It is estimated that 27 million people are enslaved worldwide. That is about 0.3% of the world's population, or the equivalent of the population of Texas. There is no definitive method of tracking the number of people engaged in forced labor, so the exact number is not known. "Enslaved" tends to be an umbrella term that refers to a person being forced to perform a job to which he or she did not consent and from which he or she is unable to escape. This occurs globally but is thought to be most prevalent in Southeast Asia, Africa and Latin America. The majority of forced labor tends to be for individuals or private enterprises, such as hereditary collateral-debt bondage. This is when a person is used as a means of paying back a debt. Other types of enslavement include government-forced labor prison camps and sex trafficking, in which people are forced into prostitution.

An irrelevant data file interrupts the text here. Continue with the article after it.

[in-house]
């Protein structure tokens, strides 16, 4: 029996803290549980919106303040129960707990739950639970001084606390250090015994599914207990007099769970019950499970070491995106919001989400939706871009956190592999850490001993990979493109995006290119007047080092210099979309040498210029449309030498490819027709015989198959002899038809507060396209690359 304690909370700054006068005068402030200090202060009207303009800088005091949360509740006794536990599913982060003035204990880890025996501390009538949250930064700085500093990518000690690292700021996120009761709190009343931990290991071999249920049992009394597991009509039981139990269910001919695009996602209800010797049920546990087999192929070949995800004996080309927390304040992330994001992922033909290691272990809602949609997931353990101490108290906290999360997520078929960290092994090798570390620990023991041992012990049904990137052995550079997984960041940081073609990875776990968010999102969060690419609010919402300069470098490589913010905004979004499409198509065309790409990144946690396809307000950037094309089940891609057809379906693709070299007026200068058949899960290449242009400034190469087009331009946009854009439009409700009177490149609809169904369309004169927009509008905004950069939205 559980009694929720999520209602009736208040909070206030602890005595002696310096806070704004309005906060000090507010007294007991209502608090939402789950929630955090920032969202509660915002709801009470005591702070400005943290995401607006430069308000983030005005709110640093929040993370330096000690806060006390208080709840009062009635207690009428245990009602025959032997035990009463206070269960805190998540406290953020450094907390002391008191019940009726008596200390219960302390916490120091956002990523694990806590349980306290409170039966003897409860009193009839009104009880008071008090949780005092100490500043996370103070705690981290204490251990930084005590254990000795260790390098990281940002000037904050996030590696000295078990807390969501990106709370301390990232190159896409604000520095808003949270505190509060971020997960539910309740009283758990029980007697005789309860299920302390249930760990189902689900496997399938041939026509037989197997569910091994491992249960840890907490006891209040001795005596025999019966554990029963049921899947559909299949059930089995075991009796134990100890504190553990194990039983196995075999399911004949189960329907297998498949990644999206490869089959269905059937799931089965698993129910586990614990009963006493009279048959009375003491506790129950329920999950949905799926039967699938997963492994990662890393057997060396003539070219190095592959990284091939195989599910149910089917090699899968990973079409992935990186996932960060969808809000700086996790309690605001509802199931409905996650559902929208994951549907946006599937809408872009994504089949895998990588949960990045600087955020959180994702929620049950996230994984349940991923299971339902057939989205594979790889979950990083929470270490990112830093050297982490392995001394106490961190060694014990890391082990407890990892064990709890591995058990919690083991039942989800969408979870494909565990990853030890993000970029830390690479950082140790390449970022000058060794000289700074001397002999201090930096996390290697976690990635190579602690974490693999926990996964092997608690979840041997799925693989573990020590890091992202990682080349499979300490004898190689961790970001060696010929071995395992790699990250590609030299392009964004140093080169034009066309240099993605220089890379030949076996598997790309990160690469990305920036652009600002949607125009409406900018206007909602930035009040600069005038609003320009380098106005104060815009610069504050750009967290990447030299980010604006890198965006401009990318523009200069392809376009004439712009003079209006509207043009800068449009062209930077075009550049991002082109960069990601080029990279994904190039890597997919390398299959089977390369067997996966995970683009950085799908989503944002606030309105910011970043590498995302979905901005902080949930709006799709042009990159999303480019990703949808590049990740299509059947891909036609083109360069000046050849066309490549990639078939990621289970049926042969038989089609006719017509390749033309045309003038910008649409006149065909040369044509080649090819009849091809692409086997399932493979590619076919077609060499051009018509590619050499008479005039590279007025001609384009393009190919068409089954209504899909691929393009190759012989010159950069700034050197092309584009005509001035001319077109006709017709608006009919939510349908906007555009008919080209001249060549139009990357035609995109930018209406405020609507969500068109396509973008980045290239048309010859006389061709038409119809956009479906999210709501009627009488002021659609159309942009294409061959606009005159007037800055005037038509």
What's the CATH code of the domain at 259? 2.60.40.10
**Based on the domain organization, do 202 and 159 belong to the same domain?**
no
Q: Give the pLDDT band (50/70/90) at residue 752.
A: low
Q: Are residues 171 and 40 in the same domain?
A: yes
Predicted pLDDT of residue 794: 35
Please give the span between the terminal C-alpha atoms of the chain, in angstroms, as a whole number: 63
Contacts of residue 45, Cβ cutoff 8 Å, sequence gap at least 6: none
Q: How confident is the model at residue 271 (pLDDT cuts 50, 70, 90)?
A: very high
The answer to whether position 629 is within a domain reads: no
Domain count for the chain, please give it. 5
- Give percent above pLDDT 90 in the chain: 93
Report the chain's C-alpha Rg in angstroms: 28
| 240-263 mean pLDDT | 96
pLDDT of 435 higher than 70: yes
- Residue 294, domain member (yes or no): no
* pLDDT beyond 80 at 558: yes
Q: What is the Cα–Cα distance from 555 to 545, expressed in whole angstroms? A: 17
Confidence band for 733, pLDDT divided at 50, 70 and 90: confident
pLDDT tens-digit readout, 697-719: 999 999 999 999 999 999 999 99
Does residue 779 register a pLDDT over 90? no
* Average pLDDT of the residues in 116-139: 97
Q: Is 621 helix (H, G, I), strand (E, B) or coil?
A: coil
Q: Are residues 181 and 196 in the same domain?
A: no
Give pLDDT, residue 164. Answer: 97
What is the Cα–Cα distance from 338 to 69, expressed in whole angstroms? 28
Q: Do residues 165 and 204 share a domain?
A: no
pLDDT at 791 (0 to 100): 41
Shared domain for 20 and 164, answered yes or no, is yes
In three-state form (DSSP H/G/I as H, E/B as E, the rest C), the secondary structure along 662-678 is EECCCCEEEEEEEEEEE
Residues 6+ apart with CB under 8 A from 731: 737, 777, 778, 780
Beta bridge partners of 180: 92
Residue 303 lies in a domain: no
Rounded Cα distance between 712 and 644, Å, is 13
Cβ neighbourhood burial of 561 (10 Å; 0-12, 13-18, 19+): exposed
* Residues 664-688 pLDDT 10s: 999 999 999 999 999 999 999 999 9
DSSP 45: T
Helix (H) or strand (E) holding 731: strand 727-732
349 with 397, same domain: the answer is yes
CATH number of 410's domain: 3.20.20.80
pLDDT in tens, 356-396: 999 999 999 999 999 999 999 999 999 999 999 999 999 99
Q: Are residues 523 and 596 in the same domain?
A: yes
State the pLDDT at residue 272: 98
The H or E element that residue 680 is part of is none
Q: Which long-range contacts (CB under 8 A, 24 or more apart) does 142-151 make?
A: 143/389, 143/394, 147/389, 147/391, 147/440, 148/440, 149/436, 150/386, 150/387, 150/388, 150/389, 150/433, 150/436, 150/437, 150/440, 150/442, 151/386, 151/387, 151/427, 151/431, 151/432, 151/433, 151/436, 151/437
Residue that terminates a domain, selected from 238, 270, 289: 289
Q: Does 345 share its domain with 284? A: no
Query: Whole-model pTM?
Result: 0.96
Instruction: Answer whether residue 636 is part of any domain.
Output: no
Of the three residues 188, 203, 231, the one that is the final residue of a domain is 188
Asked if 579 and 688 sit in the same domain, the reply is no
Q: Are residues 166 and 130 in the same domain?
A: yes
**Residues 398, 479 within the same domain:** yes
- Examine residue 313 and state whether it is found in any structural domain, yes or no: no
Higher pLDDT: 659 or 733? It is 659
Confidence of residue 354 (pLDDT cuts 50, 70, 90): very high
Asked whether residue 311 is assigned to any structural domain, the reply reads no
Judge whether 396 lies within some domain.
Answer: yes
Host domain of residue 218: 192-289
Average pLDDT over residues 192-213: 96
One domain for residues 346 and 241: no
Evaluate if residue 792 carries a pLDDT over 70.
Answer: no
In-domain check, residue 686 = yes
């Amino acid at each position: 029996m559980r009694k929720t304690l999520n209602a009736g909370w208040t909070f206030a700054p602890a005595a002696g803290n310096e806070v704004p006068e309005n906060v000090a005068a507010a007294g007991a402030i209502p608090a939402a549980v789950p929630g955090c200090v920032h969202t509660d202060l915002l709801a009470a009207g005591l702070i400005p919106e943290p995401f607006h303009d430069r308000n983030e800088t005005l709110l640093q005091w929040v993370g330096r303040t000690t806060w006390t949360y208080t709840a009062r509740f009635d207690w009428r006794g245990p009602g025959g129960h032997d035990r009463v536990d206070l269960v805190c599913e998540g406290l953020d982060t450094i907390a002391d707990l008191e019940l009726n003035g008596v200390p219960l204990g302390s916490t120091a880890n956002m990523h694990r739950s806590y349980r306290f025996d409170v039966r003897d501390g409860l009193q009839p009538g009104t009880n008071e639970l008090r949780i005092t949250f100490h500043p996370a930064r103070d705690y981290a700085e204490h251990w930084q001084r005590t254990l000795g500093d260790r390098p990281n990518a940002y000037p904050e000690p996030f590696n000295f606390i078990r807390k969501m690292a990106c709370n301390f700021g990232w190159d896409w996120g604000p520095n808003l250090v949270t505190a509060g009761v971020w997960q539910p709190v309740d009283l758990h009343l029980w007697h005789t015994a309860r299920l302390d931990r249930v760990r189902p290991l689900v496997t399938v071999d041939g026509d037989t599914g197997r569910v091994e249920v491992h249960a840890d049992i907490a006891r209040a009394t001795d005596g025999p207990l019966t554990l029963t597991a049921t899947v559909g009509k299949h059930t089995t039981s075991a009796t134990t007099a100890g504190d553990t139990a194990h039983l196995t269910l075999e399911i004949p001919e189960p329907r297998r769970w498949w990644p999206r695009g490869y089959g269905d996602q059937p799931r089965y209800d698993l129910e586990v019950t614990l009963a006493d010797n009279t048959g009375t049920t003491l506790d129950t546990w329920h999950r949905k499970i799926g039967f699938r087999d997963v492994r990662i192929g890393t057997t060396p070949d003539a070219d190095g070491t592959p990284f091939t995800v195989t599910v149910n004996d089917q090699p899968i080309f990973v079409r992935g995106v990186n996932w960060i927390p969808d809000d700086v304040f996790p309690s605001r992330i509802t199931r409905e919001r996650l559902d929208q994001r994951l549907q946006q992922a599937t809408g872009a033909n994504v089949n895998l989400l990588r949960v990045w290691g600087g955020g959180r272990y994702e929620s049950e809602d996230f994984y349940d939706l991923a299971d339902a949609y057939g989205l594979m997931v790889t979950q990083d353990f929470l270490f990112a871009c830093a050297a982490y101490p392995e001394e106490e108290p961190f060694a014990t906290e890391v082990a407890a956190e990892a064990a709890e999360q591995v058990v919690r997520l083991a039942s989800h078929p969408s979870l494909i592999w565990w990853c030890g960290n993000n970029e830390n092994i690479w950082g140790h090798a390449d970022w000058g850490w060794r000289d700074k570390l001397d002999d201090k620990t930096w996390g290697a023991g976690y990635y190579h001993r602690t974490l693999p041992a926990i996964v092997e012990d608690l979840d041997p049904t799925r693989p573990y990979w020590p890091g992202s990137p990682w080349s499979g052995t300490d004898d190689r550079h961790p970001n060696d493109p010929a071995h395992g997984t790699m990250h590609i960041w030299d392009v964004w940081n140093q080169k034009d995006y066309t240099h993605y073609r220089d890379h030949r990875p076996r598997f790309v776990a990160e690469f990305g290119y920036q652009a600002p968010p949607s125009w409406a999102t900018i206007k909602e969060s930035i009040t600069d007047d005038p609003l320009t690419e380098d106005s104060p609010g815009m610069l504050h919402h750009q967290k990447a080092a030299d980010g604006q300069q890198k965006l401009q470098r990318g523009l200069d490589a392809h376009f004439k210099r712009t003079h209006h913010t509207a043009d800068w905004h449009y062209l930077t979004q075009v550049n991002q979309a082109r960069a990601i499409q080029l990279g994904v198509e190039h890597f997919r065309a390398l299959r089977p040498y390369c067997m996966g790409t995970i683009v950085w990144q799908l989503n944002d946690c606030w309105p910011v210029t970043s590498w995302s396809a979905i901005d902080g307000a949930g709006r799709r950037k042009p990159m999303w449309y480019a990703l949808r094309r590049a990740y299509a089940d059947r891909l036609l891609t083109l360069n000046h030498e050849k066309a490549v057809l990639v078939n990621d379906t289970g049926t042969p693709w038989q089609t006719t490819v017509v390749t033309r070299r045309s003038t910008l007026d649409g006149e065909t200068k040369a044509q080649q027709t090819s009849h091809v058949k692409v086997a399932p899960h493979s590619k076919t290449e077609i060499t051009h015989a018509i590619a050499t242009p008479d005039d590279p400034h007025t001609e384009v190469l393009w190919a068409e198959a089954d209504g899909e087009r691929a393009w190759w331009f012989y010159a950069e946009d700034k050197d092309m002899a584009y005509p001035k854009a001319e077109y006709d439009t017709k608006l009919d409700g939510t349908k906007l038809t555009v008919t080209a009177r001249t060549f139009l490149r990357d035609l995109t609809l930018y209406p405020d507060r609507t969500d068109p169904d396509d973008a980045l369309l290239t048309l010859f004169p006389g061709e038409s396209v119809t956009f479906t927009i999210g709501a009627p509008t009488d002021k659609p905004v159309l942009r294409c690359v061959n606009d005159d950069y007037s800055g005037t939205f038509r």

More about forced labor:
- The first anti-slavery movement in the modern era was started in 1787 by Anti-Slavery International in London to promote the abolition of slavery in the British Empire.
- In 2012, slave labor and its output accounted for an estimated $30 billion US Dollars (USD) to $45 billion USD of the global economy — the smallest-ever percentage of the global economy.
- An estimated 26% of all enslaved people worldwide are younger than 18 years old.